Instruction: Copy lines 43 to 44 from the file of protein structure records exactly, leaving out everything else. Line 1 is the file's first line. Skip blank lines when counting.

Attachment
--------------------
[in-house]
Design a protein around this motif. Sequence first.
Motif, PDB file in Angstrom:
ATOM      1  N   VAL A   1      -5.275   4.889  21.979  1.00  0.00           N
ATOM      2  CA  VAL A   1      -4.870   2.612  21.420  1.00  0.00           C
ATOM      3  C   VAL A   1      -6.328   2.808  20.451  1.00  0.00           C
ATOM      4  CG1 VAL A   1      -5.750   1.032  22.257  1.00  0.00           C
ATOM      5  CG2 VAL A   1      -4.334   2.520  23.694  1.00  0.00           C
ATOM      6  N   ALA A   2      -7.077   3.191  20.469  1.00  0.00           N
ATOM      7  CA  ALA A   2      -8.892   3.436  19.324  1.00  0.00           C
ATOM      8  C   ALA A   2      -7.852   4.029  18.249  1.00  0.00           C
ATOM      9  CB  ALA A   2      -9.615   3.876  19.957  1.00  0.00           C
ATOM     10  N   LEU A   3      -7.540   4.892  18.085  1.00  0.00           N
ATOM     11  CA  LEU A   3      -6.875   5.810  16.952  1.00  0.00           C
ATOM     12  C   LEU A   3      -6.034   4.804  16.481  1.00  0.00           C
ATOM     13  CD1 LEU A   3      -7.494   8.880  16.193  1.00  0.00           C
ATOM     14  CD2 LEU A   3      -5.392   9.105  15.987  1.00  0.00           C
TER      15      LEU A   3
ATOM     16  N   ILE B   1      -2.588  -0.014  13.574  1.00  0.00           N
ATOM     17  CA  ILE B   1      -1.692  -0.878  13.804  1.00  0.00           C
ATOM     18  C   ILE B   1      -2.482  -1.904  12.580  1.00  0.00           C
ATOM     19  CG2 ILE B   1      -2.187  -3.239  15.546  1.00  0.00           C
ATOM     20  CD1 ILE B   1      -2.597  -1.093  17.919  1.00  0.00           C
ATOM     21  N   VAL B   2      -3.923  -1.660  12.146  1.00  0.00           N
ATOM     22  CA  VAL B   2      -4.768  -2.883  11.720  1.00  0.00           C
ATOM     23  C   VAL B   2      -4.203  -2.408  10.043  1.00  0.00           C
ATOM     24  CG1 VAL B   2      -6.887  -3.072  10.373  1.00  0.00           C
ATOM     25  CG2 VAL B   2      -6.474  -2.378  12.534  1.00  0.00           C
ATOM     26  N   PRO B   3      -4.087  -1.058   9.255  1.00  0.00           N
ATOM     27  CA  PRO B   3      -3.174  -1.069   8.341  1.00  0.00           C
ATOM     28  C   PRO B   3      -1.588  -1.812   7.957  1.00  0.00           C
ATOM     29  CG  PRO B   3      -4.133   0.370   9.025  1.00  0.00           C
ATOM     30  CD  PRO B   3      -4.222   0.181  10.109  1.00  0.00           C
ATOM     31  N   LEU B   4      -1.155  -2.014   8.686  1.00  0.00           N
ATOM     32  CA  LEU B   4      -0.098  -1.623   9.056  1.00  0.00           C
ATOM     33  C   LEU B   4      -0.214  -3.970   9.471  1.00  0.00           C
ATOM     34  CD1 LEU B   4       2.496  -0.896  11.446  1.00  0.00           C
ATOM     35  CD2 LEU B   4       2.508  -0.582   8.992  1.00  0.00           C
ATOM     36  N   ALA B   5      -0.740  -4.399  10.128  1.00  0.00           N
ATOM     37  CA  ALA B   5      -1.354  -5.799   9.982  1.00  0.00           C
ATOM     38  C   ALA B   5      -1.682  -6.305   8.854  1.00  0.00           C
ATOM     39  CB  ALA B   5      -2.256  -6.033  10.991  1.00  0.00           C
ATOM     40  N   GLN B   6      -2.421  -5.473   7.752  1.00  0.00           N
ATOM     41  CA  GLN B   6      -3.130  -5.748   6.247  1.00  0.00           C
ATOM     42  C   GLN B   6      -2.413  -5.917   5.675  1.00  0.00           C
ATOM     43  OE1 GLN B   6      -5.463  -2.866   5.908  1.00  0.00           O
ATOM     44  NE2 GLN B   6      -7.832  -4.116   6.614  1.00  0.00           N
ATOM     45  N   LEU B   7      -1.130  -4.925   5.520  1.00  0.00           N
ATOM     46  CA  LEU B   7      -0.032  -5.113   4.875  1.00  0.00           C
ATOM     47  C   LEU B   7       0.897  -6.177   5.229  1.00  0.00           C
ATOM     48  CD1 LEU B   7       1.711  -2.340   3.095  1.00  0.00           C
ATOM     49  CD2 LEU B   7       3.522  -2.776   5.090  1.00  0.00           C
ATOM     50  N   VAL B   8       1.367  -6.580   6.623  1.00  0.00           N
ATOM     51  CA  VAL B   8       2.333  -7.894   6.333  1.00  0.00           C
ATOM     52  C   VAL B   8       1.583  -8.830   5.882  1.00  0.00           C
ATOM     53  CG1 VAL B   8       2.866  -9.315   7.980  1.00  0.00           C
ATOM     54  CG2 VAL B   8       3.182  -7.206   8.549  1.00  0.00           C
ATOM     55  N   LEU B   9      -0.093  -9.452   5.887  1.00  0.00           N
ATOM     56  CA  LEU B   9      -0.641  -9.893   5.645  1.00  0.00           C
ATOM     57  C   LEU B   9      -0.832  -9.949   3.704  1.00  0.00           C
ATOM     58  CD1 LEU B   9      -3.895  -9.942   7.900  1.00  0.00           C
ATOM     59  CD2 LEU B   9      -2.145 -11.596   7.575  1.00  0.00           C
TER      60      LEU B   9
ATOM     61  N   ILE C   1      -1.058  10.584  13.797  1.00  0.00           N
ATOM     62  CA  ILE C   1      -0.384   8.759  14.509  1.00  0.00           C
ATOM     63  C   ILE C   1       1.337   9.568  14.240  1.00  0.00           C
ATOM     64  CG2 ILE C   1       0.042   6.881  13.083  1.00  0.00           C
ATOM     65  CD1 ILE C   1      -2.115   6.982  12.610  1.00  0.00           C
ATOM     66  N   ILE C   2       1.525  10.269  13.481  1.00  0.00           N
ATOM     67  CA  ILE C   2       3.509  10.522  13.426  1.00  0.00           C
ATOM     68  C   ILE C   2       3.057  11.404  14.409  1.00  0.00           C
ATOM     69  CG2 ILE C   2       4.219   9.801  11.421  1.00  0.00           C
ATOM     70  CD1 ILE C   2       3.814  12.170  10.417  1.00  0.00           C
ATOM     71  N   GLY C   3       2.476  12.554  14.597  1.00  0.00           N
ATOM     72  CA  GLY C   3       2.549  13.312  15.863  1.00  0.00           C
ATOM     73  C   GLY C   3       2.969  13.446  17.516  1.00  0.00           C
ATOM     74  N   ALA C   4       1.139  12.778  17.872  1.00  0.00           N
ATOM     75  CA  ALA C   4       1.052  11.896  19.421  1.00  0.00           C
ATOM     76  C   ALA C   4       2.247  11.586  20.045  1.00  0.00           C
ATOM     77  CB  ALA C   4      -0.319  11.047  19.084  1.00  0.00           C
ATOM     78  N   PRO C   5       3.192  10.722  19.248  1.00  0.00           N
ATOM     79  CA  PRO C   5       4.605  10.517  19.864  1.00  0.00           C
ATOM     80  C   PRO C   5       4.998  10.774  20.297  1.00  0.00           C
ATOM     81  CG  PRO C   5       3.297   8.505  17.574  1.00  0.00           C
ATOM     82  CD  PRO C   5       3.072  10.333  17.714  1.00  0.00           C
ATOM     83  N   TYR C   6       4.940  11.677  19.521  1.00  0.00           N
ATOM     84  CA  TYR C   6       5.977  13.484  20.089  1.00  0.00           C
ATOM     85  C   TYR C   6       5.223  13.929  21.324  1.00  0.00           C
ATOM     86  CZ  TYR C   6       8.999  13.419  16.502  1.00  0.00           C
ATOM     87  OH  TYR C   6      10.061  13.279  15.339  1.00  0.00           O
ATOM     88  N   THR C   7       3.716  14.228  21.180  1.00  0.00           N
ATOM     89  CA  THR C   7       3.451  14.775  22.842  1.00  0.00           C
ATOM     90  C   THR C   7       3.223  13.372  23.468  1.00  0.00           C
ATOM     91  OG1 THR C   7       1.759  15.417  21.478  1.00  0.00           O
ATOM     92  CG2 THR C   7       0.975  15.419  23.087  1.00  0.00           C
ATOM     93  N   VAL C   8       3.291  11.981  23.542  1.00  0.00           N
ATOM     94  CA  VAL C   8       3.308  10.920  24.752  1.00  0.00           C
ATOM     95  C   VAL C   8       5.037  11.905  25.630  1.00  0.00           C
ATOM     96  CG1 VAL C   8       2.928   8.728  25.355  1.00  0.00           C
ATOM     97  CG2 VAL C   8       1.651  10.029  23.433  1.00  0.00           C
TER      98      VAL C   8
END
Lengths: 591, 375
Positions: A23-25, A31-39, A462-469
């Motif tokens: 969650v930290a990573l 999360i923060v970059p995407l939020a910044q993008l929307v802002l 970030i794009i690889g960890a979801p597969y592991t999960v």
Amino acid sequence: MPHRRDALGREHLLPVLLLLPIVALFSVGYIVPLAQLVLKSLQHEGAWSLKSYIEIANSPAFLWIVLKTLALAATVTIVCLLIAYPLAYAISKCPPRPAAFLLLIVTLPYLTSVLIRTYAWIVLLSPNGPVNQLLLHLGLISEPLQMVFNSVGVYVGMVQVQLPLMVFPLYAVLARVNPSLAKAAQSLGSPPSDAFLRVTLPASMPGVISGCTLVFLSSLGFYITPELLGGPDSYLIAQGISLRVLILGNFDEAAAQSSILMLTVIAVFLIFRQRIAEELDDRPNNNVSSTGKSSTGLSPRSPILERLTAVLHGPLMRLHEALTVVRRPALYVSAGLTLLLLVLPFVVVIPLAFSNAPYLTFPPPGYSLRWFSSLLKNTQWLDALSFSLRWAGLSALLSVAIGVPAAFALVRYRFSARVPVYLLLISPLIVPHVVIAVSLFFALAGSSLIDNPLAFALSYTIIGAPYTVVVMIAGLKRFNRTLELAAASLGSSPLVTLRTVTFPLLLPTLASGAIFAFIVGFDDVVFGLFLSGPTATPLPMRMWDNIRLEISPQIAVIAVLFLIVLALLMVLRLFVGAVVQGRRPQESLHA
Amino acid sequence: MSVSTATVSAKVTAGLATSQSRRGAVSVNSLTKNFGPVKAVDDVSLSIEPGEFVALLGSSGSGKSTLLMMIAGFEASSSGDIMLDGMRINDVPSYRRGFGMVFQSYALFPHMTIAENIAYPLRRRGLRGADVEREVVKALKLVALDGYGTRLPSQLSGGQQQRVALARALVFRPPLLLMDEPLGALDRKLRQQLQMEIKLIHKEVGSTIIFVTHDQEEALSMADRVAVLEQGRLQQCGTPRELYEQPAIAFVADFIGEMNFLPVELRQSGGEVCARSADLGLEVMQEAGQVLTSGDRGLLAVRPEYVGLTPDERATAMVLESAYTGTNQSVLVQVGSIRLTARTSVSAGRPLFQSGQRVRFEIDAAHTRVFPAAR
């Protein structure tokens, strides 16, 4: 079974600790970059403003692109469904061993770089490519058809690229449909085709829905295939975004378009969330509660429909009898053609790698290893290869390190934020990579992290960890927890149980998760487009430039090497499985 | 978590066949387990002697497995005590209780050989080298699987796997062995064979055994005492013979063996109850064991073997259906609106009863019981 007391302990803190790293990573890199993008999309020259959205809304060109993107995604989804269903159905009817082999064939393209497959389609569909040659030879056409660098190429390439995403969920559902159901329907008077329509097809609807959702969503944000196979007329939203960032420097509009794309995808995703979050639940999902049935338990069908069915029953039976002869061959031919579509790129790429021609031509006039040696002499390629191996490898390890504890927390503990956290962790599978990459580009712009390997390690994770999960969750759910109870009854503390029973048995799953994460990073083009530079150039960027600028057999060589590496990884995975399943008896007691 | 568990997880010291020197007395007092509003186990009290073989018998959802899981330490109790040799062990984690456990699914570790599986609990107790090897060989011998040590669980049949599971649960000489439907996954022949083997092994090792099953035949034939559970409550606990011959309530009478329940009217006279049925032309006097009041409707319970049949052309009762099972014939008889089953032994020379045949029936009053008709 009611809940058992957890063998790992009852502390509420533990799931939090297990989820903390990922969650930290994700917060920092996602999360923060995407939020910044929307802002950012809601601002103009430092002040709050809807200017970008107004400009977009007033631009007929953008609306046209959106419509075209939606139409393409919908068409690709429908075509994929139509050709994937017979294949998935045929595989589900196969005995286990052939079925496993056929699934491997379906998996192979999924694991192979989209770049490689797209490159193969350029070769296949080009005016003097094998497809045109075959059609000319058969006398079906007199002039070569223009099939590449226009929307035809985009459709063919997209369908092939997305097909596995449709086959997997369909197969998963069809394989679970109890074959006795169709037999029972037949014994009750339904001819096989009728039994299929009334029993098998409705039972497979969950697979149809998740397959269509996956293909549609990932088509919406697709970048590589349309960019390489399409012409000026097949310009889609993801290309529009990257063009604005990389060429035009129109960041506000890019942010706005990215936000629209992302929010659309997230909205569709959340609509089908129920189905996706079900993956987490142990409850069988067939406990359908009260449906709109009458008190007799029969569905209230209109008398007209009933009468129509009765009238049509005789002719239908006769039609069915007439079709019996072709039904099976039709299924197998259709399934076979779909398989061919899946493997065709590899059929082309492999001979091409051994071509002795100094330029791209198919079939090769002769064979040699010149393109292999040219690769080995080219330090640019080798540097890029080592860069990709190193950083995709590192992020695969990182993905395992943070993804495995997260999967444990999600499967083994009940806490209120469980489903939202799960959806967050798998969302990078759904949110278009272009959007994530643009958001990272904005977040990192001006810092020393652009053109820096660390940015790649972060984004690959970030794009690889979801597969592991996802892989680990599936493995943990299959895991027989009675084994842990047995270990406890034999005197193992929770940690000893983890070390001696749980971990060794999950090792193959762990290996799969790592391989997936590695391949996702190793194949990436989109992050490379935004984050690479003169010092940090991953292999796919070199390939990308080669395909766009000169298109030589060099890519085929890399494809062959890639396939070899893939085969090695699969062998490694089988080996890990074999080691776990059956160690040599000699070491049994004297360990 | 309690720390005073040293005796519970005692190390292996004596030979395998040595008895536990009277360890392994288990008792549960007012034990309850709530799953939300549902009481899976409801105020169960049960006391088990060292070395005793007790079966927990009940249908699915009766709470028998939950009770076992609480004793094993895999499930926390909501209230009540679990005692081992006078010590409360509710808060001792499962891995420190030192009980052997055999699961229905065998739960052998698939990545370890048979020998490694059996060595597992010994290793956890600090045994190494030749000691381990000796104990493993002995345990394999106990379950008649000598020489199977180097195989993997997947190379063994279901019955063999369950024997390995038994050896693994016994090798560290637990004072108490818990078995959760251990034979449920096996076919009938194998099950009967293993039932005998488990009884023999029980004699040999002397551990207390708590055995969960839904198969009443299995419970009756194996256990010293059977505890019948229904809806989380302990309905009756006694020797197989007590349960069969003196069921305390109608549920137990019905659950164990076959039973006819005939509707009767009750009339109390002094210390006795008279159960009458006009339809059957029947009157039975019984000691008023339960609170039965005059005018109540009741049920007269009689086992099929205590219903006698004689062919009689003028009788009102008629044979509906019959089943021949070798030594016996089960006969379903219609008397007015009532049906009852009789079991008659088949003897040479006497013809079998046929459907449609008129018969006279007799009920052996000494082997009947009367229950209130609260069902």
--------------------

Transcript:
ATOM     40  N   GLN B   6      -2.421  -5.473   7.752  1.00  0.00           N
ATOM     41  CA  GLN B   6      -3.130  -5.748   6.247  1.00  0.00           C